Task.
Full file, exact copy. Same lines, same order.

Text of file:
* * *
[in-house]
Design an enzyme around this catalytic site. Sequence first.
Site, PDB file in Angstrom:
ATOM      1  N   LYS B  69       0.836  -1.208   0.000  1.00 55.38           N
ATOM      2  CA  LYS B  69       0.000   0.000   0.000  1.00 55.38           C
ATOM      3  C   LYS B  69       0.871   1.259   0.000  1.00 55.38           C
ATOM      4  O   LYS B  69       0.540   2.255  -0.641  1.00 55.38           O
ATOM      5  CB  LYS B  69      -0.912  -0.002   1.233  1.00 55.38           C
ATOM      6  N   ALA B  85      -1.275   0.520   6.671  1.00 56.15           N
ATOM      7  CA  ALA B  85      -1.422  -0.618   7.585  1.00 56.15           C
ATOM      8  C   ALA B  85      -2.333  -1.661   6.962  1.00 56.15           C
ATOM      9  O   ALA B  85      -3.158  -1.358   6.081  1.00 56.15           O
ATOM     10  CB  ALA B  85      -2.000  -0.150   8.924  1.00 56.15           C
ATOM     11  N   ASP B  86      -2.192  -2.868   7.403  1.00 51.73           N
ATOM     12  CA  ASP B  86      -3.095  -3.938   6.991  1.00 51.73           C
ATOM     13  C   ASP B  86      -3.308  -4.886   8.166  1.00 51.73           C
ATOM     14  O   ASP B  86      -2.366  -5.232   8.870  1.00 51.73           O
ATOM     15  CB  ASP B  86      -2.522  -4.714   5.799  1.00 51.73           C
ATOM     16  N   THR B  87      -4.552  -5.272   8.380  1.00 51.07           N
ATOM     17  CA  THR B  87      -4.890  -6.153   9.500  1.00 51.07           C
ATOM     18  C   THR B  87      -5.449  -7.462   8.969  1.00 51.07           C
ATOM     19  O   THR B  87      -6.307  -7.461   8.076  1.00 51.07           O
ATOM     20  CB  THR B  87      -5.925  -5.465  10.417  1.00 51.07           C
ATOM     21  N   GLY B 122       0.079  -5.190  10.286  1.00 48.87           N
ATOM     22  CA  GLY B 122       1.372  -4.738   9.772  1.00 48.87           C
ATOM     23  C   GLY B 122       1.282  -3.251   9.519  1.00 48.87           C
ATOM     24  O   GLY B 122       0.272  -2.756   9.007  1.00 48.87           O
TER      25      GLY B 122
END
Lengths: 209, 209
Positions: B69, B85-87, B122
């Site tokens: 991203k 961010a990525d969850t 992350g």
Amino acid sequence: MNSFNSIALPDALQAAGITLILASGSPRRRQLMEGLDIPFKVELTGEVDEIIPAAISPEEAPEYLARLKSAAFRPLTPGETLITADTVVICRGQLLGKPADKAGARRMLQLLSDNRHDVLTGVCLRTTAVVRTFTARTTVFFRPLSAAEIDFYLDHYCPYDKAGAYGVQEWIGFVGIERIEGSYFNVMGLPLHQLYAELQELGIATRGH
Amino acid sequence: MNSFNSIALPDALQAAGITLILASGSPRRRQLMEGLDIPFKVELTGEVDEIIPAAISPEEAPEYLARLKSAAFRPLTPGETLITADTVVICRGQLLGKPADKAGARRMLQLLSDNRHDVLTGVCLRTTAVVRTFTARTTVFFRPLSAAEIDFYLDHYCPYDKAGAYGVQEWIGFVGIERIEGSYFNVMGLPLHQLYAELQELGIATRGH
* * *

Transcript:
[in-house]
Design an enzyme around this catalytic site. Sequence first.
Site, PDB file in Angstrom:
ATOM      1  N   LYS B  69       0.836  -1.208   0.000  1.00 55.38           N
ATOM      2  CA  LYS B  69       0.000   0.000   0.000  1.00 55.38           C
ATOM      3  C   LYS B  69       0.871   1.259   0.000  1.00 55.38           C
ATOM      4  O   LYS B  69       0.540   2.255  -0.641  1.00 55.38           O
ATOM      5  CB  LYS B  69      -0.912  -0.002   1.233  1.00 55.38           C
ATOM      6  N   ALA B  85      -1.275   0.520   6.671  1.00 56.15           N
ATOM      7  CA  ALA B  85      -1.422  -0.618   7.585  1.00 56.15           C
ATOM      8  C   ALA B  85      -2.333  -1.661   6.962  1.00 56.15           C
ATOM      9  O   ALA B  85      -3.158  -1.358   6.081  1.00 56.15           O
ATOM     10  CB  ALA B  85      -2.000  -0.150   8.924  1.00 56.15           C
ATOM     11  N   ASP B  86      -2.192  -2.868   7.403  1.00 51.73           N
ATOM     12  CA  ASP B  86      -3.095  -3.938   6.991  1.00 51.73           C
ATOM     13  C   ASP B  86      -3.308  -4.886   8.166  1.00 51.73           C
ATOM     14  O   ASP B  86      -2.366  -5.232   8.870  1.00 51.73           O
ATOM     15  CB  ASP B  86      -2.522  -4.714   5.799  1.00 51.73           C
ATOM     16  N   THR B  87      -4.552  -5.272   8.380  1.00 51.07           N
ATOM     17  CA  THR B  87      -4.890  -6.153   9.500  1.00 51.07           C
ATOM     18  C   THR B  87      -5.449  -7.462   8.969  1.00 51.07           C
ATOM     19  O   THR B  87      -6.307  -7.461   8.076  1.00 51.07           O
ATOM     20  CB  THR B  87      -5.925  -5.465  10.417  1.00 51.07           C
ATOM     21  N   GLY B 122       0.079  -5.190  10.286  1.00 48.87           N
ATOM     22  CA  GLY B 122       1.372  -4.738   9.772  1.00 48.87           C
ATOM     23  C   GLY B 122       1.282  -3.251   9.519  1.00 48.87           C
ATOM     24  O   GLY B 122       0.272  -2.756   9.007  1.00 48.87           O
TER      25      GLY B 122
END
Lengths: 209, 209
Positions: B69, B85-87, B122
């Site tokens: 991203k 961010a990525d969850t 992350g």
Amino acid sequence: MNSFNSIALPDALQAAGITLILASGSPRRRQLMEGLDIPFKVELTGEVDEIIPAAISPEEAPEYLARLKSAAFRPLTPGETLITADTVVICRGQLLGKPADKAGARRMLQLLSDNRHDVLTGVCLRTTAVVRTFTARTTVFFRPLSAAEIDFYLDHYCPYDKAGAYGVQEWIGFVGIERIEGSYFNVMGLPLHQLYAELQELGIATRGH
Amino acid sequence: MNSFNSIALPDALQAAGITLILASGSPRRRQLMEGLDIPFKVELTGEVDEIIPAAISPEEAPEYLARLKSAAFRPLTPGETLITADTVVICRGQLLGKPADKAGARRMLQLLSDNRHDVLTGVCLRTTAVVRTFTARTTVFFRPLSAAEIDFYLDHYCPYDKAGAYGVQEWIGFVGIERIEGSYFNVMGLPLHQLYAELQELGIATRGH